Ms Gunnell, who lives near Brighton, saw numerous specialists in search of the cause of Luca’s problem, only to run into a brick wall each time (pictured also with Finley)
Ms Gunnell, who retired in 1997, claims she has rediscovered her sense of smell after cutting out egg and cow’s milk
WHAT IS A WHEAT INTOLERANCE?
A wheat intolerance, otherwise known as a wheat sensitivity, should not be confused with a gluten intolerance. The two are closely related but are not the same thing.
Gluten proteins are found within wheat. That means that those who are gluten intolerant are also wheat intolerant. However, it doesn’t work the other way around.
Gluten is found in other grain substitutes such as barley and rye, so those with a wheat intolerance who do not react to gluten proteins, can still eat these foods without experiencing a reaction.
WHAT ARE THE SYMPTOMS?
- Digestive complaints – such as IBS, stomach ache or bloating
- Neurological problems – such as severe headaches and migraines
- Skin issues – most commonly eczema, acne, itchiness and rashes
- Tiredness and fatigue – a lack of energy, ‘brain fog’ or lethargy
- Joint pain – persistent aching or swelling of the joints
- Psychological problems – like anxiety or depression
- Respiratory complaints – e.g sinusitis or rhinitis
The symptoms experienced by those suffering with a wheat allergy are much more severe than wheat intolerance symptoms and can be deadly.
Source: YorkTest Laboratories
Finley, 20, who is also a promising 800m runner, has been diagnosed with a wheat and dairy intolerance after taking the same test.
While Ms Gunnell, who retired in 1997, claims she has rediscovered her sense of smell after cutting out egg and cow’s milk.
She said: ‘During all my years as an athlete, I actually struggled to breathe through my nose and had no sense of smell.
‘I would walk into a room and my friend would say, ‘Ooh can you smell that?’. It would be coffee or something, and I’d be like, ‘Smell what?’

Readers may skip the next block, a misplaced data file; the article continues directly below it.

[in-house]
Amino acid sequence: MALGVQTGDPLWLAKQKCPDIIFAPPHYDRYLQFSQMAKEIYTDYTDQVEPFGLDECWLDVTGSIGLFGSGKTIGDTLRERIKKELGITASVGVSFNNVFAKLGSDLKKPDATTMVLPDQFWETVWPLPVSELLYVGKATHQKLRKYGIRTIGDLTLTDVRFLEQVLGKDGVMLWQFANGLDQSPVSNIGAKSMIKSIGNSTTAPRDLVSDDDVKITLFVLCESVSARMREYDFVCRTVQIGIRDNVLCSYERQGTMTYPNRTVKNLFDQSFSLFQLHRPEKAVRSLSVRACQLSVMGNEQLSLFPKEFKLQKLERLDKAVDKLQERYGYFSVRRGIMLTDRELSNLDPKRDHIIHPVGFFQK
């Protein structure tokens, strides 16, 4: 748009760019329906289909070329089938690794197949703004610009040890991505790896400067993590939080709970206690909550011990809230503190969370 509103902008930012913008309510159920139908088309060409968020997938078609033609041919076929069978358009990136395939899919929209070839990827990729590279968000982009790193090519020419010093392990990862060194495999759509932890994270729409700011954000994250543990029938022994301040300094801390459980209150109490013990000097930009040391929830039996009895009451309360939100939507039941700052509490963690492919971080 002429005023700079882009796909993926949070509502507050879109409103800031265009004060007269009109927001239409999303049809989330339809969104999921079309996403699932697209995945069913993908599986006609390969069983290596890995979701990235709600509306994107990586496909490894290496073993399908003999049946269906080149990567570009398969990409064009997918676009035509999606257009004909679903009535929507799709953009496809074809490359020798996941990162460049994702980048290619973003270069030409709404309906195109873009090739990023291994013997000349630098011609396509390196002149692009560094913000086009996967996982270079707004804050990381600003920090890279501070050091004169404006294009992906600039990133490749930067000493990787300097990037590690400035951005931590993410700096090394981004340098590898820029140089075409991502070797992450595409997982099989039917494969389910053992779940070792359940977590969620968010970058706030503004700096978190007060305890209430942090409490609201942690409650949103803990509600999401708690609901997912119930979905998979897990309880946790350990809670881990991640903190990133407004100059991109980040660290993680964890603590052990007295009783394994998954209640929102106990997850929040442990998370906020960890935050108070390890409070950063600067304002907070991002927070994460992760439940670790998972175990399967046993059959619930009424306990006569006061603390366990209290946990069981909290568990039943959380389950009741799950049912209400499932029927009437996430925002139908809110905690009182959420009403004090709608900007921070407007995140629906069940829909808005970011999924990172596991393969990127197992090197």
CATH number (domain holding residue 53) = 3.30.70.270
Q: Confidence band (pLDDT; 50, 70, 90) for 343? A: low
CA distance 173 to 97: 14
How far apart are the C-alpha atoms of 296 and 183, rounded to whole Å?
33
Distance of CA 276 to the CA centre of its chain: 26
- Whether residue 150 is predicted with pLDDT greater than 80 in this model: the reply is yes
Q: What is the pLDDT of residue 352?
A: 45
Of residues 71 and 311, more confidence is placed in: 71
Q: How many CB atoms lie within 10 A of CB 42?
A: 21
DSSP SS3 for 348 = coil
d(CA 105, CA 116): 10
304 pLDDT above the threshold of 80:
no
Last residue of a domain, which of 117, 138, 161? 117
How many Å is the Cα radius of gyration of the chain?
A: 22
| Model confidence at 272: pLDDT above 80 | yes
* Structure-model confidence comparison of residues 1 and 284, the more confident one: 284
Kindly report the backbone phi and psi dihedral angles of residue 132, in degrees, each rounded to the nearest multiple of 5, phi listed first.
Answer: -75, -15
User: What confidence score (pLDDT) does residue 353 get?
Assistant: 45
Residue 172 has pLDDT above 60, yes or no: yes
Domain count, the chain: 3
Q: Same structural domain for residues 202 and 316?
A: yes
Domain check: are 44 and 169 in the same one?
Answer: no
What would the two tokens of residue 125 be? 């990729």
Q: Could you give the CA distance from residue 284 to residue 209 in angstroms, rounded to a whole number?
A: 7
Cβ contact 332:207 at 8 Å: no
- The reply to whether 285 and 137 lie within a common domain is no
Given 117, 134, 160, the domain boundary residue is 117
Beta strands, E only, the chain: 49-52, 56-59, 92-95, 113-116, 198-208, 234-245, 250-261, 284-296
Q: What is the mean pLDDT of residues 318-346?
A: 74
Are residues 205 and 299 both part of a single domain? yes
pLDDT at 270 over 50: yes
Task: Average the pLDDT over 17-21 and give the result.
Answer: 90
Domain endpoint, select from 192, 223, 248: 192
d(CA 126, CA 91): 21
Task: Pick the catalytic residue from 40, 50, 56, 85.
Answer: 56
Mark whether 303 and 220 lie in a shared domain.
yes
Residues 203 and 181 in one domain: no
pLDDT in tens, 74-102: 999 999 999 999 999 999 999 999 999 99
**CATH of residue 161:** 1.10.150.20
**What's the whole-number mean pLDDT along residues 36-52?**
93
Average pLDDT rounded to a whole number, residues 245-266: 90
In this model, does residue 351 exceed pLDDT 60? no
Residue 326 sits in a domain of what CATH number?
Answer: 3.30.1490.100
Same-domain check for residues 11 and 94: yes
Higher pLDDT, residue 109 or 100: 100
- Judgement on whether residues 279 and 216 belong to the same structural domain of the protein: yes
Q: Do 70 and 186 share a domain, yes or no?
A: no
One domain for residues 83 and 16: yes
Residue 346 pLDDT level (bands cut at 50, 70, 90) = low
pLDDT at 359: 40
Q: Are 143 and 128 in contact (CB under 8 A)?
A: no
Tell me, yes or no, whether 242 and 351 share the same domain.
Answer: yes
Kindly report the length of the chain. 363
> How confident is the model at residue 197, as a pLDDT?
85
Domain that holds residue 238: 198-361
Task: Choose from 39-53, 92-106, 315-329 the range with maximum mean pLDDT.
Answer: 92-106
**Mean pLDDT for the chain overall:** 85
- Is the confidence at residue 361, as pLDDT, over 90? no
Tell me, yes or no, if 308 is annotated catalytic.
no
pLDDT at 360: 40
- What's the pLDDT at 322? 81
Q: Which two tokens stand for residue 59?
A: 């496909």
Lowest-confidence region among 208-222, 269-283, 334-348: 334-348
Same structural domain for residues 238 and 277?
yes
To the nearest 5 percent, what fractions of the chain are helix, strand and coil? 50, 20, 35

‘And I always had to breathe through my mouth when training. But I never realised what was causing the issue.
‘Who knows what could have happened with my running had I been able to identify the cause sooner? I certainly would have been able to train harder.’
And her 53-year-old husband had his suspicions that he was intolerant to dairy also confirmed when he took a test.
Ms Gunnell’s youngest son Marley, who turns 14 in February, is the only one who hasn’t yet taken a test.
It is estimated that as many as 45 per cent of Britons have a food intolerance, with the most common type being lactose.
Common symptoms include tummy pain, bloating, wind, diarrhoea, skin rashes and even itching. Headaches can occur.
And food intolerances are different to allergies, which affect the body’s immune system, cause almost instant reactions and can be deadly.
In contrast, intolerances can take 72 hours to appear, making it very difficult to pinpoint the offending food. They are also never life-threatening.
Ms Gunnell finally discovered the cause of her son’s migraines last August, after taking an intolerance test by YorkTest Laboratories (pictured with Luca and Finley)
Ms Gunnell said: ‘Who knows what could have happened with my running had I been able to identify the cause sooner? I certainly would have been able to train harder’
Ms Gunnell’s youngest son Marley, who turns 14 in February, is the only one who hasn’t yet taken a test